|Single by Strawbs|
|from the album Ghosts|
|B-side||"Don't Try to Change Me"|
|Released||April 4, 1975|
|Strawbs singles chronology|
"Lemon Pie" is a song by English band Strawbs featured on their 1974 album Ghosts.
The song was written by Dave Cousins and was the second single to be released off the album. It was written about and for Cousins's girlfriend at the time, who later became his wife.
|United Kingdom||April 4, 1975||A&M||7" single||AMS7161|
|United States, Canada||1975||A&M||7" single||1687-S||B-side "Where Do You Go (When You Need a Hole to Crawl In)"|
|New Zealand, Australia||1975||A&M||7" single||K-5924|
The B-side track "Don't Try to Change Me" is a Dave Lambert composition, also appearing on the album.
The B-side of the 1975 United States release is "Where Do You Go (When You Need a Hole to Crawl In)", another Dave Cousins composition.
Grave New World is the fourth studio album by English band Strawbs, their fifth overall. It was the first album to be released after the departure of Rick Wakeman, under circumstances about which band leader Dave Cousins was very bitter. Cousins has admitted that the track "Tomorrow" was written about Wakeman. Happily their friendship survived, and the two have since performed and recorded together, releasing an album Hummingbird in 2002.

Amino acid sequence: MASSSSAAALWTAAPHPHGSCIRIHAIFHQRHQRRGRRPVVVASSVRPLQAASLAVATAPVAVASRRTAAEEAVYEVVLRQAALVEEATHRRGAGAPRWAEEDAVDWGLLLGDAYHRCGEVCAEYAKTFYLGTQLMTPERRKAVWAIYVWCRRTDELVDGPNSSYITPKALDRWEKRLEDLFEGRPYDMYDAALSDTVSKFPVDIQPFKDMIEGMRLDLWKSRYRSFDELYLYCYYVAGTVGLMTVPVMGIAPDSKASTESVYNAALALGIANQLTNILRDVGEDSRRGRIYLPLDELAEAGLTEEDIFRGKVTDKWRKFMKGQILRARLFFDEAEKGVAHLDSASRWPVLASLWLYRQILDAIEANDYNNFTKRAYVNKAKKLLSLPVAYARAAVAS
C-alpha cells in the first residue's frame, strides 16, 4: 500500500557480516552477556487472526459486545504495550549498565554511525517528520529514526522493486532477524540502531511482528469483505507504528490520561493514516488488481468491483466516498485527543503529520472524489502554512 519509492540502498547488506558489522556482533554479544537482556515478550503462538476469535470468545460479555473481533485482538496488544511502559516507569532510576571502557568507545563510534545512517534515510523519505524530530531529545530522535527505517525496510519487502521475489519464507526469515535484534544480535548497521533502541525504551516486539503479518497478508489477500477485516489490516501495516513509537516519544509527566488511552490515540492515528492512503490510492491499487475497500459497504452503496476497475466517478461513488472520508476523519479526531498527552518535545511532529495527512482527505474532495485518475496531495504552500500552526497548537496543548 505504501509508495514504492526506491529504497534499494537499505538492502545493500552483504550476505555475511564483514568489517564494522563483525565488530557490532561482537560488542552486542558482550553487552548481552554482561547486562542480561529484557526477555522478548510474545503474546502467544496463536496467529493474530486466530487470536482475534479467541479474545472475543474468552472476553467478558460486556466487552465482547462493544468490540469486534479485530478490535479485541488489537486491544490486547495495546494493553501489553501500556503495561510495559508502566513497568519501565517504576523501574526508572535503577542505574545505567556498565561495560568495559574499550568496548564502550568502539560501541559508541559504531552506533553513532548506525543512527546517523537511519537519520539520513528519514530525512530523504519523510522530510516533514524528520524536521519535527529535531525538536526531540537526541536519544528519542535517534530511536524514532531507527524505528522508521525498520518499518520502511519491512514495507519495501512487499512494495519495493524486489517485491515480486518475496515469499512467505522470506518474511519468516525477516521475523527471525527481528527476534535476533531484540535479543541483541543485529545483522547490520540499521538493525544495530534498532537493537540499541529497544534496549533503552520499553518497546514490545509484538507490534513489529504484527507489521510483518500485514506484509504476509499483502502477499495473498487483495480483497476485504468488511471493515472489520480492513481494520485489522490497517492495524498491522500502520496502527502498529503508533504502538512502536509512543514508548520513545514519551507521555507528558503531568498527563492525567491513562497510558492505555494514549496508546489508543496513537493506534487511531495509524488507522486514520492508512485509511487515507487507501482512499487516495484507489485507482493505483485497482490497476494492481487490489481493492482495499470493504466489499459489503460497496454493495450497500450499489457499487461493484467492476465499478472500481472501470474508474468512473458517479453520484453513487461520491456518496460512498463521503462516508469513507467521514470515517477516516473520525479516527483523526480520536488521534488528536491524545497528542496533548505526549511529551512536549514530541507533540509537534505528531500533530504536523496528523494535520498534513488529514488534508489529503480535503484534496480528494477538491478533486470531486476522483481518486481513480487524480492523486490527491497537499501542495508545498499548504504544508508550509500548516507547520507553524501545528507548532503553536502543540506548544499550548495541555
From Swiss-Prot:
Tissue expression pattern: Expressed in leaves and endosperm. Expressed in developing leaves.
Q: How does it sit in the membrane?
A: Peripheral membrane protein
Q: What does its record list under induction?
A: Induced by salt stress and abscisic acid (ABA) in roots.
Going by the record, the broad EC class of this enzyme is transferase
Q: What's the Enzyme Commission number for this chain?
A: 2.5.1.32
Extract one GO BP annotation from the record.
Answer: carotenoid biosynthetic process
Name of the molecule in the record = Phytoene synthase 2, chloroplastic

Ghosts is the 7th studio album by English band Strawbs.
Dave Lambert is an English singer-songwriter and musician, who has been a member of the Strawbs at various stages of the band's career, beginning in the 1970s.
"Benedictus" is a song by English band Strawbs featured on their 1972 album Grave New World.
"Lay Down" is a song by English band Strawbs featured on their 1973 album Bursting at the Seams. Their first hit single, it had peaked at No. 12 in the UK Singles Chart late the previous year.
"Part of the Union" is a song by English band Strawbs, featured on their 1973 album Bursting at the Seams and was the band's most successful single, peaking at number 2 in the UK Singles Chart. It also reached number 10 in the Irish Singles Chart.